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June 2018 Interview

Published on: 2018-06-13 13:02:26     579 times read    0  Comments
“The aim of our partnership is to develop venture capital and private equity market in Nepal”

In Nepal, where there are very few financing options available for small and medium enterprises (SMEs), managing funds becomes a herculean task just to ensure sustainability and growth in business. Observing the scene, two companies - One to Watch (OTW) Nepal and True North Associates (TNA) - have been helping SMEs and startups in their financing needs and through other types of support such as business development services. Since its inception in 2010, OTW Nepal, a joint venture of Nepali and Dutch individuals, has been working as an investment manager bringing in investors who invest in growth stage companies. Similarly, established in 2014, TNA is a venture capital and private equity firm which is engaged in investment, management and consulting with an aim to foster a better entrepreneurial environment in Nepal. 

At an event organized in the capital on May 2, OTW announced the launch of their new fund-Nepal Impact Investment Community -2 (NIIC-2), and a partnership with TNA. With Euro 20 million,NIIC-2 will be the largest Private Equity (PE) fund in Nepal. NIIC-2 was initiated after the implementation of the Euro 3 million fund NIIC-1, an investment undertaking of OTW which started in 2015. NIIC-2 aims to invest in around 20 SMEs that are at the growth stage. It will focus on investing in scalable enterprises to generate good financial returns and to create a positive social and environmental impact.With the partnership, both OTW and TNA have entered a new phase of organizational cooperation. TNA has acquired a substantial portion of shares in OTW and the SME portfolios of both companies have been merged. Under the new arrangement, TNA chairman Suman Joshi has taken up the post of Managing Director at OTW. OTW founder Willem Grimminck remains the majority shareholder in the company and will continue as the Founder and Managing Director. Nikeeta Gautam of New Business Age met with Grimminck and Joshi on the sidelines of the event to talk about the objectives of the new collaboration, areas of coverage of NIIC-2 and challenges for developing PE market in Nepal, among other issues. Excerpts:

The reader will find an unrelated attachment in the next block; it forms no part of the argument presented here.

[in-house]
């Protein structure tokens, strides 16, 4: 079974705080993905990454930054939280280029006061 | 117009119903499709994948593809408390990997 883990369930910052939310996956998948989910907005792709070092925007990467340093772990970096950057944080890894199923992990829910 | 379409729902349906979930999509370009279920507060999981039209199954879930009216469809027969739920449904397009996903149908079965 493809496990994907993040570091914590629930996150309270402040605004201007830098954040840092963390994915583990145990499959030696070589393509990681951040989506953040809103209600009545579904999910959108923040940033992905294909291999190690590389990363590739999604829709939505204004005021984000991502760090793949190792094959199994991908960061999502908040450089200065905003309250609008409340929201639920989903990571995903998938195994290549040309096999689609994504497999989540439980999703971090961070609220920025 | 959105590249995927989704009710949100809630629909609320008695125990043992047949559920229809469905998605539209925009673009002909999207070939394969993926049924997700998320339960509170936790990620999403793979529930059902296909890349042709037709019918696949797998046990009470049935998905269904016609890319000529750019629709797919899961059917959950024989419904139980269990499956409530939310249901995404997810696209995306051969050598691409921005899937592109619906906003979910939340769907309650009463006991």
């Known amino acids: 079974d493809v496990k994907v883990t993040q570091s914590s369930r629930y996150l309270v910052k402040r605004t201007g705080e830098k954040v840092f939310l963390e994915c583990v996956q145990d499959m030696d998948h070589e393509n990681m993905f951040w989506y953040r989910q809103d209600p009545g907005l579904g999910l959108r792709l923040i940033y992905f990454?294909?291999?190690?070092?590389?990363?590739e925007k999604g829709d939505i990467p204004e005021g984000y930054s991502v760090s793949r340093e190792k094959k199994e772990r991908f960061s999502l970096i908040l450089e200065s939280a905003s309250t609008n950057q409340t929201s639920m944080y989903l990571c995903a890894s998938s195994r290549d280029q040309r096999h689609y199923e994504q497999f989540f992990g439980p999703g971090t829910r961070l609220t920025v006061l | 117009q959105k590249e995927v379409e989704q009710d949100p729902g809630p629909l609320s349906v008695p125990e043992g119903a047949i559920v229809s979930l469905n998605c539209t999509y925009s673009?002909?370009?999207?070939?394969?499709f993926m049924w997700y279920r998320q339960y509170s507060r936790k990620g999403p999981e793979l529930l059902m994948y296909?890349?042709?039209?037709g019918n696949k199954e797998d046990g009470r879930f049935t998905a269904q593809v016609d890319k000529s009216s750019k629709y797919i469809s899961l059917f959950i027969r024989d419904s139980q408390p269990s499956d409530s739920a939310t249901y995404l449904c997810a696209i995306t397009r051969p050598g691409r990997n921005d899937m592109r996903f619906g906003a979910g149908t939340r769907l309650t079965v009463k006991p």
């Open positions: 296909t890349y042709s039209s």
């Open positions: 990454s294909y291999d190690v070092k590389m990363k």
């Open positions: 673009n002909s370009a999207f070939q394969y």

What led OTW and TNA to join hands to establish the new PE fund? What are the objectives of NIIC-2? 
Grimminck: A strong team is essential in any organization to attract investment. We want to become stronger in both international and local markets. We seek to build new skills in our team by combining the experience and expertise of two teams from two different organizations. We want to accelerate the growth of the SMEs by accessing and unlocking the networks for them by developing through this joint venture. 

How will this new entity provide its services? How will you raise the fund?
Grimminck: NIIC-1, a Euro 3 million pioneer fund, has invested in SMEs since 2015. Similarly, the 20 million Euro fund NIIC-2 will invest in about 15-20 early stage growth SMEs with a  proven track record of more than two years and with sales beyond early adapters of their products and services. We will invest in companies that have potential to generate 100 jobs for every Euro 400,000 invested. 

The fund will be managed by OTW and its accelerator programme will create a sourcing pipeline.

Joshi: We will be organising promotional campaigns and pitch the business concepts to interested investors. We will also find more professional investors to raise the fund. TNA is also a fund in itself having the capacity to invest on its own. This way, TNA will also make contributions to NIIC-2. 

What areas of investment will NIIC-2 cover?
Grimminck: This is a separate joint venture initiation which will be managed by OTW Nepal. It comprises of two local members and one international member.